Jonathan Hickman came on Fantastic Four in late 2009 and, quite frankly, blew the socks off of the book. Since then, Hickman and later collaborators like Dale Eaglesham, Neil Edwards and Steve Epting have been weaving an intricate, thematically layered story of fathers and sons, the costs of inaction, scientific responsibility and punching things in the face. In other words, it's a perfect choice for the annotation treatment. So welcome to a new ongoing joint here at ComicsAlliance: The annotations of Jonathan Hickman's superb run on Fantastic Four.

To follow along, I highly recommend grabbing the first trade of the run - there will be slight spoilers of later stories for the purpose of drawing connections, but we'll try not to ruin anything too dramatic. However, unlike with the Bat-mythos, I'm not anywhere near as familiar with the extended history of this franchise, so I've brought in Funnybook Babylon's inimitable Chris Eckert as a co-annotator for the historical perspective while I'll continue to try to deconstruct Hickman's narrative.

Click down and enjoy the ride.

Pages 1-2

Hickman starts his run proper with a scene focusiing on the relationship between Reed Richards and his father Nathaniel, which will form the emotional core of his run, reverberating in several other father-son relationships. It's a vignette from Reed's childhood, of his father encouraging him to jump from a treehouse -- classic father-son "conquer your fears" stuff, with the implication of trust as well since presumably Nathaniel caught his son and didn't just let him fall to the ground.

I do like Eaglesham's detail here where Reed puts on the hat and it falls off five seconds later.

Chris Eckert: Nathaniel Richards is a relatively new addition to the Fantastic Four mythos, first mentioned in 1984's Fantastic Four #271 by John Byrne. He raised Reed alone after the death of his wife Evelyn, and mysteriously vanished three years before Reed and the rest became the Fantastic Four. As revealed in FF #271, he has developed and used "the world's first" time machine, and as a result of a series of byzantine retcons went on to become every time travelling villain ever: Kang, Rama Tut, Immortus, the Scarlet Centurion, probably others. Nathaniel-as-Nathaniel did not appear again until Fantastic Four #375 by Tom DeFalco and Paul Ryan, who made him a series regular for the rest of their run. DeFalco's run is not one that gets referenced often, and some might say it's been politely ignored like so many other experiments of the 1990s. But as we'll see, Hickman is drawing a lot from this time period.

Pages 3-5:

After the emotional character beat for the opening, we're thrown right into the big superhero action, with the FF taking on the Wizard with the oldest trick in the book: switching up against enemies that have been matched to their individual powers.

CE: The Wizard is one of the Fantastic Four's oldest foes, and since Fantastic Four #36 has taken to forming a series of teams dubbed the Frightful Four. This time out, he's doing everything himself -- or with clones of himself, in an echo of Reed's experiences later in the issue.

This is the first time I remember Johnny using his powers for thermal imaging, but the FF have a long history of power creep. In early adventures, Johnny could do little but fly and light himself on fire for a few minutes. Sue could turn herself invisible, but not other objects, never mind projecting force fields or anything else. And most relevant to "Solve Everything," Reed is a classic case of Comic Book Scientist. He was initially a well-intentioned but imperfect aeronautical engineer -- after all, if he knew how to properly shield a rocket, the Fantastic Four wouldn't even exist. In the Lee/Kirby FF, Reed would routinely need assistance from other scientists like T'Challa or Hank Pym. When the team needed to time travel in FF #11, rather than whip up his own time machine, Reed sneaks everyone into Dr. Doom's castle to use Doom's time platform. 549 issues later, Reed can whip up his own teleportation, time travel and transdimensional bridges. If he can do all that, I say give Johnny thermal vision!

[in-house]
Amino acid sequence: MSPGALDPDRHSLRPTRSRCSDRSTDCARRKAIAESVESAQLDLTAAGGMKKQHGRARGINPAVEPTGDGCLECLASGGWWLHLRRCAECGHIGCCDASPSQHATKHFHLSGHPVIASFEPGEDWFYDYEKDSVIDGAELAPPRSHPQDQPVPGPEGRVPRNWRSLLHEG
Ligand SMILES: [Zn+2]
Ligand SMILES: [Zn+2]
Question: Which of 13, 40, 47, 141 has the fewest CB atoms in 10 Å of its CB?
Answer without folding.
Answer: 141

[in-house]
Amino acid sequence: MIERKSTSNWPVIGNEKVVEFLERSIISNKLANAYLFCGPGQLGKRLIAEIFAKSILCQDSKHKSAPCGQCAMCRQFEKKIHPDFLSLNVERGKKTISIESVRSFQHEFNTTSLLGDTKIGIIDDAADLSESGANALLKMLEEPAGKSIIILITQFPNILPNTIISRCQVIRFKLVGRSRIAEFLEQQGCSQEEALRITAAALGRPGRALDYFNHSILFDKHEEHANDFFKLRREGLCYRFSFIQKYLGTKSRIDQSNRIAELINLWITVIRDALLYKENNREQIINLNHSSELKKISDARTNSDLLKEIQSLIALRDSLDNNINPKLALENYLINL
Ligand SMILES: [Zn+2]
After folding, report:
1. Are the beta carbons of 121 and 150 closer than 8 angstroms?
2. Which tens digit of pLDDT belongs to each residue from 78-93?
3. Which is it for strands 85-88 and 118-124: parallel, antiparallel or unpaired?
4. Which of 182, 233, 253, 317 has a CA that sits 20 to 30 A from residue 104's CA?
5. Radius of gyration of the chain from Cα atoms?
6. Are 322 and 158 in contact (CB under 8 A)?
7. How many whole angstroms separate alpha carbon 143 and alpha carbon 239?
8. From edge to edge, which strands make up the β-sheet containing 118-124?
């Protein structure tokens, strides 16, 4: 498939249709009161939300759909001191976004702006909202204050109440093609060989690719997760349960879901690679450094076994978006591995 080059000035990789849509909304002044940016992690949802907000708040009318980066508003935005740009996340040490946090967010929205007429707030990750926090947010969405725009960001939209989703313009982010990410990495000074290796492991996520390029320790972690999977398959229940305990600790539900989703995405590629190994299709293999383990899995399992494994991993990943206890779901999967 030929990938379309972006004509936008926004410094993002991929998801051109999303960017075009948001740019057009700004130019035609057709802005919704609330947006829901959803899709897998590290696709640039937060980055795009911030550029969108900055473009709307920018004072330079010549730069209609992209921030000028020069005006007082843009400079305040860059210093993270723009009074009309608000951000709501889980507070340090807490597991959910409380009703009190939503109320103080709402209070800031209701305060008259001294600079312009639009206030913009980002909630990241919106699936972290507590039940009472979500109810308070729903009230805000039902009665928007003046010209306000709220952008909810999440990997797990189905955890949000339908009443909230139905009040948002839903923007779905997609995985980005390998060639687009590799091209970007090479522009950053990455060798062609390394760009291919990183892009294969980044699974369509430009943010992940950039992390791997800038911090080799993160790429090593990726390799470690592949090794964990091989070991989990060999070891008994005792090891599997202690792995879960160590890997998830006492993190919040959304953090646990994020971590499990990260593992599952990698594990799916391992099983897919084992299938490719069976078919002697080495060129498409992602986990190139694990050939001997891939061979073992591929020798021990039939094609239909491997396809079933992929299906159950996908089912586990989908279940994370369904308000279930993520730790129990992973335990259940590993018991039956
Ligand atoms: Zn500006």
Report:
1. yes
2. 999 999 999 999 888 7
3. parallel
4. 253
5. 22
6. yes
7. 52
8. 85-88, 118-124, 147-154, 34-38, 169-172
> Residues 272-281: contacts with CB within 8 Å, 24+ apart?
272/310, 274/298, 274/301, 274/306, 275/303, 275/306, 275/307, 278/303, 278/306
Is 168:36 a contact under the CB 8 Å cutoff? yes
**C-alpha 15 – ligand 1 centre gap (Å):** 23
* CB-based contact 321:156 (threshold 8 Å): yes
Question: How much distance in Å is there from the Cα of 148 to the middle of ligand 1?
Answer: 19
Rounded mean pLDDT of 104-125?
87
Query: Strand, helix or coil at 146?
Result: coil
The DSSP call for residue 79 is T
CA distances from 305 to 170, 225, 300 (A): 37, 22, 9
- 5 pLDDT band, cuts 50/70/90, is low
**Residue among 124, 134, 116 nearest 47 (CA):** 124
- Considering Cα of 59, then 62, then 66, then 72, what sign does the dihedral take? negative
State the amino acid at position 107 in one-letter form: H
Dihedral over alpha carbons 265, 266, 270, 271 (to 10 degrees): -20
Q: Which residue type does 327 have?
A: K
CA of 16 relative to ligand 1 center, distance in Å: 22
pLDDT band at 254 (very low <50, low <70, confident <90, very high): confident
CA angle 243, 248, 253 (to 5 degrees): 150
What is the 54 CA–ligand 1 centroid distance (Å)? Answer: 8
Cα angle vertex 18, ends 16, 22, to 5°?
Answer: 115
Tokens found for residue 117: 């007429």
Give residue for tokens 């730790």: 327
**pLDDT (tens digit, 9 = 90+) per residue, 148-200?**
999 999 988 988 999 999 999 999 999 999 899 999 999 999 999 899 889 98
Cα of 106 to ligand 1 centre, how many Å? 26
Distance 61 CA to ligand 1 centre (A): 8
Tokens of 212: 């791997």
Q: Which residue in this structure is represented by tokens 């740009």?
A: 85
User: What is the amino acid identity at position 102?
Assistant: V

Page 6: We're back to the father/son motif, this time with Bentley "Wizard" Wittman and his here-introduced clone offspring who, unlike the others, is fully organic and ages in real time. Note his son perched right on the precipice of a small height, much like Reed in the opening sequence, too afraid, it seems, to leave even so small a height.

Pages 7-8: The term "final solution" here as Johnny looks at a nuclear bomb, basically referring to a nuclear holocaust, is an ominous counterpoint to the optimism of Reed's "solve everything" credo that runs through this arc. Obviously the term's most historically famous use was regarding the Holocaust in Nazi Germany during World War II, but in this case I think the term might be unrelated.

Pages 9-10: That "final solution" comment again finds itself in the Wizard's words, as he proposes burning reality down and starting again, for a purpose we'll see in a few pages that ties significantly into Hickman's S.H.I.E.L.D. series, which actually wasn't coming out at this point.

Page 11: Here we're introduced to two characters who aren't part of the archetypal Fantastic Four cast -- or at least, not the ones in the movies and TV shows. Franklin Richards is their son, who's a mutant with the power to modify reality (although those powers have been locked away for years). Valeria Richards is their daughter, with a particularly confusing and sketchy background story, who was revealed in Mark Millar and Bryan Hitch's run to be superintelligent, potentially far more so than her father.

CE: The Richards children both have ridiculously complex backstories, but here's what's relevant right now: Franklin Richards was born way back in 1968's Fantastic Four Annual #6 by Lee and Kirby. He's a mutant with incredibly potent reality-warping powers, which for the safety of the universe have been repeatedly turned off and on several times over the years. At the outset of Hickman's run, Franklin's powers are currently switched off. Valeria Richards is Franklin's younger sister, and in the name of sanity I'm going to skip over the adventures of Valeria Von Doom circa 1998-2001, and simply state that Valeria Richards was born in 2002's Fantastic Four v3 #54. Doctor Doom used his lesser-known OB-GYN doctorate to safely deliver Sue's second child, and thus was given naming rights, choosing Valeria after his first love. Doom declares the child to be under his "royal protection." In Mark Millar and Bryan Hitch's run, it was established that Valeria is a super-genius, perhaps even smarter than her father.